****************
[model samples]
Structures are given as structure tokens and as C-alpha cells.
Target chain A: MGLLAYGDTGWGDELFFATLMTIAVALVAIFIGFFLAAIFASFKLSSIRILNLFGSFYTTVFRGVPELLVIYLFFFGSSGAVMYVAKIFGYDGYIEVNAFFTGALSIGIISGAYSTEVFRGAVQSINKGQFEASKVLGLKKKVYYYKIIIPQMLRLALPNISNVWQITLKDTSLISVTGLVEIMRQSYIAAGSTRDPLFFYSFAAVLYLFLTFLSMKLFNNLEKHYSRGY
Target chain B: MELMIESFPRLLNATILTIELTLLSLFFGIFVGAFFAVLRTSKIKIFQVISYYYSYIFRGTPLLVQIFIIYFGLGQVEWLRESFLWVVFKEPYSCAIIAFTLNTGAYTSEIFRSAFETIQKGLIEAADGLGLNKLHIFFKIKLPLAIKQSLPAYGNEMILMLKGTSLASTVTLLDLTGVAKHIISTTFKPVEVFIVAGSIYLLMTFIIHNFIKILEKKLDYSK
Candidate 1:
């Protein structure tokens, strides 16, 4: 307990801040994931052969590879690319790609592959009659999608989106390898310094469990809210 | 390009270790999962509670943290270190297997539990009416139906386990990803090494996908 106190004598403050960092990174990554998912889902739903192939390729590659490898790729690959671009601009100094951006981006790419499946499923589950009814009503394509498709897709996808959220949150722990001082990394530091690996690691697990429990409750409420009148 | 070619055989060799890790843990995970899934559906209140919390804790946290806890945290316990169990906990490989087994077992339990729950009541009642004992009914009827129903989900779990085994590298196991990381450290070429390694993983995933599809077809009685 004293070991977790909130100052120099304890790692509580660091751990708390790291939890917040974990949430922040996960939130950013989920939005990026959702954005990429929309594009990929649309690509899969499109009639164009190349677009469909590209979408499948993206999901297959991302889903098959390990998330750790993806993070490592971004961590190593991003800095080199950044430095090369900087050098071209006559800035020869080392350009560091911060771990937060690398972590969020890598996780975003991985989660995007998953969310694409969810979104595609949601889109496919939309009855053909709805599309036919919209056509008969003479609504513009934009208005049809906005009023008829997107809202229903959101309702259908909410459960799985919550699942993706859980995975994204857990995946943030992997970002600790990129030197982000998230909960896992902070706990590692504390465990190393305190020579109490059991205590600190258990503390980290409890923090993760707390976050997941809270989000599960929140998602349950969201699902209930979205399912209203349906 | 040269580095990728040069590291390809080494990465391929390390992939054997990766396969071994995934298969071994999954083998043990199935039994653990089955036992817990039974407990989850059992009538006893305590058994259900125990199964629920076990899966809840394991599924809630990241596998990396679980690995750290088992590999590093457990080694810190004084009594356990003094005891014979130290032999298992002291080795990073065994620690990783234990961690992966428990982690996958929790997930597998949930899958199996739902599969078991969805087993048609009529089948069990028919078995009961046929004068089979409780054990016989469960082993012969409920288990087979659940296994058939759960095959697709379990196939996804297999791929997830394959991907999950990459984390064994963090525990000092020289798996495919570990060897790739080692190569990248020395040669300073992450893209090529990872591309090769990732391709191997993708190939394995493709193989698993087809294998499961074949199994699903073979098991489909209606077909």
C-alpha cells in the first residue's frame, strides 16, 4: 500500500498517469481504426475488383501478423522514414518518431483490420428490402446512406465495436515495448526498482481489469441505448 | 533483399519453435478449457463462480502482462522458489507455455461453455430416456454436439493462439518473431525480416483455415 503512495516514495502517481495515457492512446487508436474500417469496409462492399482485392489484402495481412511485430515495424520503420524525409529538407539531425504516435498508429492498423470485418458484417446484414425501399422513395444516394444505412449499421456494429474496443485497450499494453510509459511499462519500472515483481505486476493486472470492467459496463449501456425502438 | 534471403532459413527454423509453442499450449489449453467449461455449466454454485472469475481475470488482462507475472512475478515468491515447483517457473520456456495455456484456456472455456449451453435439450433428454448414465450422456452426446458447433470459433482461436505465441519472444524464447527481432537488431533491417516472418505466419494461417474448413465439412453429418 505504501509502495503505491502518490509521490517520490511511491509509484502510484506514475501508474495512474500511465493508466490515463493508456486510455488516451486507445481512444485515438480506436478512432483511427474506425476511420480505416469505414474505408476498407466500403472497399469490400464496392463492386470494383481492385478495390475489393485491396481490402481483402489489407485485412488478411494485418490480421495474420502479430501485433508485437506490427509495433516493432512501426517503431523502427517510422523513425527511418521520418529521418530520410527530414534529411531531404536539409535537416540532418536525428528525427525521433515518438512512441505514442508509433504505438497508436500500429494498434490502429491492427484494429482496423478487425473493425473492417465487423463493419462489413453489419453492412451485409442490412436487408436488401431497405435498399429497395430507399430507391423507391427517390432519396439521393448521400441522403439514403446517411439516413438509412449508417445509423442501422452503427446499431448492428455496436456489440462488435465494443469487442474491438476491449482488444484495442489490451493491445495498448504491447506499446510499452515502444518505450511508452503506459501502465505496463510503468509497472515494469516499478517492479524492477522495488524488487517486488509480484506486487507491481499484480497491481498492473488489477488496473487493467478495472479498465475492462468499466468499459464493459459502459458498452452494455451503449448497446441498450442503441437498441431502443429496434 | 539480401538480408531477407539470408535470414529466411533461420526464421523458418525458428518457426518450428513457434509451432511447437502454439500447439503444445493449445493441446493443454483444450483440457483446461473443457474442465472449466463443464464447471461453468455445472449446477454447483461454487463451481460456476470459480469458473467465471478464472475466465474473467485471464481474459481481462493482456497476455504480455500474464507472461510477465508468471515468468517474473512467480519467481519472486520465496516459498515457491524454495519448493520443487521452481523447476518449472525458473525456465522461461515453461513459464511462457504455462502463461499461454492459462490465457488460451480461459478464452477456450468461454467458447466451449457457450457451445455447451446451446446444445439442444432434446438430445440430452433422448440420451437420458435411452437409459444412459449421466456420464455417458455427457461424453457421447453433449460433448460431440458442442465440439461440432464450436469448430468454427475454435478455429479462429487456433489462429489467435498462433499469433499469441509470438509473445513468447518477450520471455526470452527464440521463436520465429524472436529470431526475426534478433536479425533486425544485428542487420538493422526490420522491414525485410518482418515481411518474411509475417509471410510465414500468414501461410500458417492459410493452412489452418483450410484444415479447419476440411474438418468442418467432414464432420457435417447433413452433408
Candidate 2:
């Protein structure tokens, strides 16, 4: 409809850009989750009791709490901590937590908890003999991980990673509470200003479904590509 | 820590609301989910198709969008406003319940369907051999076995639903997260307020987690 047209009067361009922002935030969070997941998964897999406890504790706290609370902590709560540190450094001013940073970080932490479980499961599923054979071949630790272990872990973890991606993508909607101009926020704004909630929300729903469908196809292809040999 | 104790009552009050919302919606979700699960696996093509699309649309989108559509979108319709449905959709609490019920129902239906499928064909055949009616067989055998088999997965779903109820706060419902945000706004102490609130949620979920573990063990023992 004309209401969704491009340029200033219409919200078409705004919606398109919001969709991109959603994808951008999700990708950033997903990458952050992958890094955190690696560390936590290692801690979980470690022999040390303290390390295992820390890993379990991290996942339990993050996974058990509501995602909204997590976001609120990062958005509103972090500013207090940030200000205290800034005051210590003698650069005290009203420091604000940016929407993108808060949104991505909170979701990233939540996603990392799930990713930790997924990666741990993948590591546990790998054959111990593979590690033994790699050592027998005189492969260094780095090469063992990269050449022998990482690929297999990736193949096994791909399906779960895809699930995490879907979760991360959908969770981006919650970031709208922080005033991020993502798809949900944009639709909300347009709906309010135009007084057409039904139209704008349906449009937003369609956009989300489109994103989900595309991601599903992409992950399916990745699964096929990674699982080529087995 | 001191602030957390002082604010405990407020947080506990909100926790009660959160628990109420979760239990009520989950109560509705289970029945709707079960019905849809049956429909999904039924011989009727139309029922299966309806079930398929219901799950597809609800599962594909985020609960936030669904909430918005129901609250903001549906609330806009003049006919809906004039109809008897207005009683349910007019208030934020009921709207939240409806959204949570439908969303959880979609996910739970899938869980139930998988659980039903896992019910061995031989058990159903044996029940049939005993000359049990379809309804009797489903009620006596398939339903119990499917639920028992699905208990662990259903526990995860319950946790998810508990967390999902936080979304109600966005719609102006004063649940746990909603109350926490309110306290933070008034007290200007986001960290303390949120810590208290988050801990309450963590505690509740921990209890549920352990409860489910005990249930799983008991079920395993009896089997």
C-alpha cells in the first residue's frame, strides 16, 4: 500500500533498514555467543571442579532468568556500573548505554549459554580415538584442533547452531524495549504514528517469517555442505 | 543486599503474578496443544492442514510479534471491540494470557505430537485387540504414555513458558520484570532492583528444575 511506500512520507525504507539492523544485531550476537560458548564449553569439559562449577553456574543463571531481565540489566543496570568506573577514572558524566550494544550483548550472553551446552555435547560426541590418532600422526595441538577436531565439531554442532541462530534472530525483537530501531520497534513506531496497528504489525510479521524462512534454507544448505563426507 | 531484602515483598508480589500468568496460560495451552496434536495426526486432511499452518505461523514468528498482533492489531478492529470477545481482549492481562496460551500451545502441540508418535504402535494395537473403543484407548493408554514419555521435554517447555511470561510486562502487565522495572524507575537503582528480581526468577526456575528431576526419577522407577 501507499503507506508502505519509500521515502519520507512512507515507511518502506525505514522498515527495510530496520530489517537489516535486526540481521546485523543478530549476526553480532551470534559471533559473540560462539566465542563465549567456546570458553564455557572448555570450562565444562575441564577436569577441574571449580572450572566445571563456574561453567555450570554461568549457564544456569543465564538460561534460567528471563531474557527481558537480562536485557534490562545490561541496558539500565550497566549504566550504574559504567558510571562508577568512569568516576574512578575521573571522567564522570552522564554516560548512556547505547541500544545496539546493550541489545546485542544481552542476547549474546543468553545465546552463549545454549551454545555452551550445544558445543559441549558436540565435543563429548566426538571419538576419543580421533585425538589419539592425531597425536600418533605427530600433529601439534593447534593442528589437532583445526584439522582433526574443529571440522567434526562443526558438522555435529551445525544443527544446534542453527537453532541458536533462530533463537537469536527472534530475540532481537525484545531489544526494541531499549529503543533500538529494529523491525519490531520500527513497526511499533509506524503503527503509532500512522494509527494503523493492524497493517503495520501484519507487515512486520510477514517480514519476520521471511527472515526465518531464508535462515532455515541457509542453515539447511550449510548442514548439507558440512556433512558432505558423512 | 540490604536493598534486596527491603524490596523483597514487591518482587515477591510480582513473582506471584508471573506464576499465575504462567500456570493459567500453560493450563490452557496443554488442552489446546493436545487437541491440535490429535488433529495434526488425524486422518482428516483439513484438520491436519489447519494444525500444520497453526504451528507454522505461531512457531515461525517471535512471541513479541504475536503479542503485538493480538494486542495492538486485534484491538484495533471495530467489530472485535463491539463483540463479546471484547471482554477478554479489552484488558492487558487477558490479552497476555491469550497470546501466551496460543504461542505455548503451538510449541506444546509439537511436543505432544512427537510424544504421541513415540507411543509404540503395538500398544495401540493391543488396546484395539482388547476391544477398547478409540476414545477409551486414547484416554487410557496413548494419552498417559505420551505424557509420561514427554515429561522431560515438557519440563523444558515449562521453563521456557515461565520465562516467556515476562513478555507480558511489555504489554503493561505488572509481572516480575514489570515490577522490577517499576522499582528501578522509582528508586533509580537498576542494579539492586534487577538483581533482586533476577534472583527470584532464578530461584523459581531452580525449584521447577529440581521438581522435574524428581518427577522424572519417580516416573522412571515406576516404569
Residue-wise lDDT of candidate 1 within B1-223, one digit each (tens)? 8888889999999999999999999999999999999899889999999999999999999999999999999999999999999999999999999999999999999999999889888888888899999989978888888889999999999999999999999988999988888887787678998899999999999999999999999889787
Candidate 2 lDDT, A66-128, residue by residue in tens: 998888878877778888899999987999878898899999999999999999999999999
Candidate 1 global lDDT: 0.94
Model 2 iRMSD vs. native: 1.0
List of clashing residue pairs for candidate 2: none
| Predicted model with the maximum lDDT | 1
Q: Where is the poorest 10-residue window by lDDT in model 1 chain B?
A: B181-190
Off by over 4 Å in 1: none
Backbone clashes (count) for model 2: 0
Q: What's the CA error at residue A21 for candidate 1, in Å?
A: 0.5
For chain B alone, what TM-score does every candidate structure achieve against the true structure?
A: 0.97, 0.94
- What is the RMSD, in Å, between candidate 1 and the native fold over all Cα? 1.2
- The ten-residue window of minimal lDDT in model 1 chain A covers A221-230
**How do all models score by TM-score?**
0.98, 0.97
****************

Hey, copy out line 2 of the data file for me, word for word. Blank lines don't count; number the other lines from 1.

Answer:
Structures are given as structure tokens and as C-alpha cells.